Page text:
From education to employment

Reform of student loan system is too complex and may be inconsistent with Government’s Levelling Up agenda – Lords Committee

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In its 25th Report the House of Lords Secondary Legislation Scrutiny Committee has highlighted several issues of concern after considering the Education (Student Loans) (Repayment) (Amendment) (No. 4) Regulations 2022.

The Regulations introduce wholesale changes to the student loan system in England and

Wales by introducing a new set of terms and conditions for those applying for a student loan from August 2023 onwards, known as ‘Plan 5’, and making alterations to the terms of other earlier loans (Plans 1 – 4).

Concerns raised by the Committee and highlighted in the report include;

  • Financial impact – The Regulations will reform the student loan system in a way that decreases the costs for taxpayers but increases the amount that students will have to repay. The Department of Education (DfE) informed the Committee that the reforms would help sustain the student finance system in the long-term, but the Committee remained concerned that the policy would leave students from disadvantaged backgrounds as “losers” due to the financial impact of increased repayments. This could be inconsistent with the Levelling Up agenda.
  • Lack of consultation – The Government did not conduct a consultation on the changes made      and told the Committee the reforms built on recommendations made in the 2019 Augar Review of Post-18 Education and Funding. Given the large number of people affected, the differences between the Review’s conclusions and these regulatory changes, and the length of time since the Augar Review; the Committee expressed unease about the failure to follow best practice to implement these significant changes. The report concludes the Government should have consulted those affected before finalising the policy.
  • Complexity of the student loan system – Currently student loans are organised into four types of ‘Plan’ depending on the date of the loan and the type of borrower. These Regulations introduce a new Plan 5 and make changes to Plans 1-4. DfE did not provide the Committee with a reasonable explanation of why the loan system could not be more harmonised across the different plans. The report concludes that adding an additional Plan type, with different terms, only serves to make the system more complex. The Government have offered no clear rationale for not introducing greater harmonisation into the system.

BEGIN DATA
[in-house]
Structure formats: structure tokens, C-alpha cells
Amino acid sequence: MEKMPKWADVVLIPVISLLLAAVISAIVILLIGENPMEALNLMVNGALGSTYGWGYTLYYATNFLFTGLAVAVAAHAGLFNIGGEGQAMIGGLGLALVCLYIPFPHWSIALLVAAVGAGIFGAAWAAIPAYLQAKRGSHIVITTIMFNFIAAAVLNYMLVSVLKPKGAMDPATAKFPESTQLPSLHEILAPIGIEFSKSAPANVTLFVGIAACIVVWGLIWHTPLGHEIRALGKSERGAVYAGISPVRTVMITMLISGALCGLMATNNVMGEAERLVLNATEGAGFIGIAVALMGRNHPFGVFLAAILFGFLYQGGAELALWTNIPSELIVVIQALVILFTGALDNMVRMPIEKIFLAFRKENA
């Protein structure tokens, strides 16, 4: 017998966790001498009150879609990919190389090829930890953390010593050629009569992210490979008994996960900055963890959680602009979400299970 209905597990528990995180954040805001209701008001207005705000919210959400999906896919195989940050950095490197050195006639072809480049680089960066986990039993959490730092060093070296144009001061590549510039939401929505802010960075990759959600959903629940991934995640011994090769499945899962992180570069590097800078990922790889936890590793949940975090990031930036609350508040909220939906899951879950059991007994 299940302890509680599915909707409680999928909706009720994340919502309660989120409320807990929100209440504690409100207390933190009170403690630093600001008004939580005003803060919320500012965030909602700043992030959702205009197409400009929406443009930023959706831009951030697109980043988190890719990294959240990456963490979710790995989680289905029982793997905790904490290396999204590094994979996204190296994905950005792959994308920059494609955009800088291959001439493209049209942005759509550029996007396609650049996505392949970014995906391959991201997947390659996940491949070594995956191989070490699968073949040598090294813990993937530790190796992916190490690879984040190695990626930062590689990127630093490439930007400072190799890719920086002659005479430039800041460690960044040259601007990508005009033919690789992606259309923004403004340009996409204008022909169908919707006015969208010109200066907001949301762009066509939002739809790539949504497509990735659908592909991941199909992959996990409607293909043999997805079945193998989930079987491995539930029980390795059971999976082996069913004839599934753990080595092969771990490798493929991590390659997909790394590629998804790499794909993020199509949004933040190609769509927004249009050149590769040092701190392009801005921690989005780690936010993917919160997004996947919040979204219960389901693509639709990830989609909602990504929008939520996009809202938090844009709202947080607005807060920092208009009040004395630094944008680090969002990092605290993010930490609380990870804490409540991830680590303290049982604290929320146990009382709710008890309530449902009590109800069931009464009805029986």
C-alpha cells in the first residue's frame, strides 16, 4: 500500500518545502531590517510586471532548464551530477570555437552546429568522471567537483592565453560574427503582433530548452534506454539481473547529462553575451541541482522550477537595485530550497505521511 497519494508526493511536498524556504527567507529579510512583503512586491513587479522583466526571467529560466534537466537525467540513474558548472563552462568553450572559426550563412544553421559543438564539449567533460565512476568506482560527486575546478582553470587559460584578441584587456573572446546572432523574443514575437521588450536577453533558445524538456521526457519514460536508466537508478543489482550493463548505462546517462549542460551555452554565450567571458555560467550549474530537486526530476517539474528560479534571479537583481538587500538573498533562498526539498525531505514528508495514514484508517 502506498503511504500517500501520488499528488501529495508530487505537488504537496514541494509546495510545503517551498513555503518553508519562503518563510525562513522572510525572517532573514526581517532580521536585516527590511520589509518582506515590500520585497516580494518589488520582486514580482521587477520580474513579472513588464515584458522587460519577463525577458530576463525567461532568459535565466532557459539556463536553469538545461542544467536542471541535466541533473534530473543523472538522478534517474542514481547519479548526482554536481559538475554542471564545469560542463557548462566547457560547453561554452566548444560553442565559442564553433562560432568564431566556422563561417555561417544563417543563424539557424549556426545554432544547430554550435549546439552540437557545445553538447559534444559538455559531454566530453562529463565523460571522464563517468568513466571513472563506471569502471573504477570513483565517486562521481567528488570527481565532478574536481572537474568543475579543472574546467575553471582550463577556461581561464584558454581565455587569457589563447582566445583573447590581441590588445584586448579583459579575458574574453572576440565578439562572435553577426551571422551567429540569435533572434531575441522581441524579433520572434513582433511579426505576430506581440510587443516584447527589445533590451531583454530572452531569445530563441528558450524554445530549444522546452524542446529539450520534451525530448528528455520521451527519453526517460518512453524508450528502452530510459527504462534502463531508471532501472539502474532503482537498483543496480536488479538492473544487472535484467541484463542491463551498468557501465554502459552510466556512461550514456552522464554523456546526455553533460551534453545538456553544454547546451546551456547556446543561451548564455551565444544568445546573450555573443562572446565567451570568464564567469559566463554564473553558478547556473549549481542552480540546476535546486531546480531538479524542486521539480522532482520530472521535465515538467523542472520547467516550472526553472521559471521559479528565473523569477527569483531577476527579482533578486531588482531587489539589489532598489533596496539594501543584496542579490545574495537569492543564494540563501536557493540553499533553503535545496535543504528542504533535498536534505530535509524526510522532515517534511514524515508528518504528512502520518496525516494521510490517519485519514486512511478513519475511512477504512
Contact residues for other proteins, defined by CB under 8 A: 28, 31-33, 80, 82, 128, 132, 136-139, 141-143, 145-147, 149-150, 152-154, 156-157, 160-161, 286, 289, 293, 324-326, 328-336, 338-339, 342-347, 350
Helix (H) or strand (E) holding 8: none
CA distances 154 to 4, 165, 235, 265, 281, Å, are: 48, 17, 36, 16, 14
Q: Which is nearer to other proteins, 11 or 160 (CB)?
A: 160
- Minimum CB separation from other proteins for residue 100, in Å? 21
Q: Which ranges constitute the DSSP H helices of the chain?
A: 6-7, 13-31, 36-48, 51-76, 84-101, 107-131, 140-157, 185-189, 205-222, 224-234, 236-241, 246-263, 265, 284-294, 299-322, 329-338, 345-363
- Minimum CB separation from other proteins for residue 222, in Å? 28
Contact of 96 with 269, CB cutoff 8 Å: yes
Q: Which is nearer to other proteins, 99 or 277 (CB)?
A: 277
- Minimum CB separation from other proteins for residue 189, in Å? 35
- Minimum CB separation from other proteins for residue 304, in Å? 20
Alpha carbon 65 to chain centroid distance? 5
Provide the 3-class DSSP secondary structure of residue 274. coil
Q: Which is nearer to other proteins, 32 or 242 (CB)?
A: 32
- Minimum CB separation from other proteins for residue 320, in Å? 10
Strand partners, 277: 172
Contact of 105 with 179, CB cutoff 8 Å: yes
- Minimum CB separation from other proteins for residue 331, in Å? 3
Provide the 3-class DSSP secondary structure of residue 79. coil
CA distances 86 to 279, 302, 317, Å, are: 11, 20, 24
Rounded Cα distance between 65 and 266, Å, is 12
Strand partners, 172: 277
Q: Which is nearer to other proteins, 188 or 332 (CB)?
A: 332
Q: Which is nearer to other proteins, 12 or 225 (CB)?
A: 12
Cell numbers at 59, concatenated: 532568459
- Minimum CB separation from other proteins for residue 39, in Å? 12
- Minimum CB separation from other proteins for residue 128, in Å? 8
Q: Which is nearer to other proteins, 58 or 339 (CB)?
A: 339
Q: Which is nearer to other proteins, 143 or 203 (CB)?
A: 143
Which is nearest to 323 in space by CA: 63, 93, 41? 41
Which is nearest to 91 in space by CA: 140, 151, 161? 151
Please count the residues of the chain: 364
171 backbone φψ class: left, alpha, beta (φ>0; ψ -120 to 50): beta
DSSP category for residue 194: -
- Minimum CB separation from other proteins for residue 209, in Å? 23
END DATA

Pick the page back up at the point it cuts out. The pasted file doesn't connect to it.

In conclusion, the report recommends the House may wish to raise the concerns highlighted with the Minister.        

Baroness Bakewell of Hardington Mandeville, Member of the Secondary Legislation Scrutiny Committee said;

“While we acknowledge the Government’s intention to make the student loan system fairer for taxpayers and students, we have several concerns about the implementation of these changes.

“The Regulations will adversely affect students from disadvantaged backgrounds which is in clear contradiction to the Government’s Levelling Up agenda. Additionally, the Government have implemented the policy in such a way as to render an already complex system so opaque and convoluted it would be very difficult to for anyone to navigate their way through it.

“DfE did not follow best practice and introduced the policy based on a review exercise conducted three years ago rather than conducting a more up to date consultation. Given the large number of people who will be affected by these changes, we find this particularly troubling and have suggested that the House seek further information from DfE to address the numerous concerns raised in our report.”

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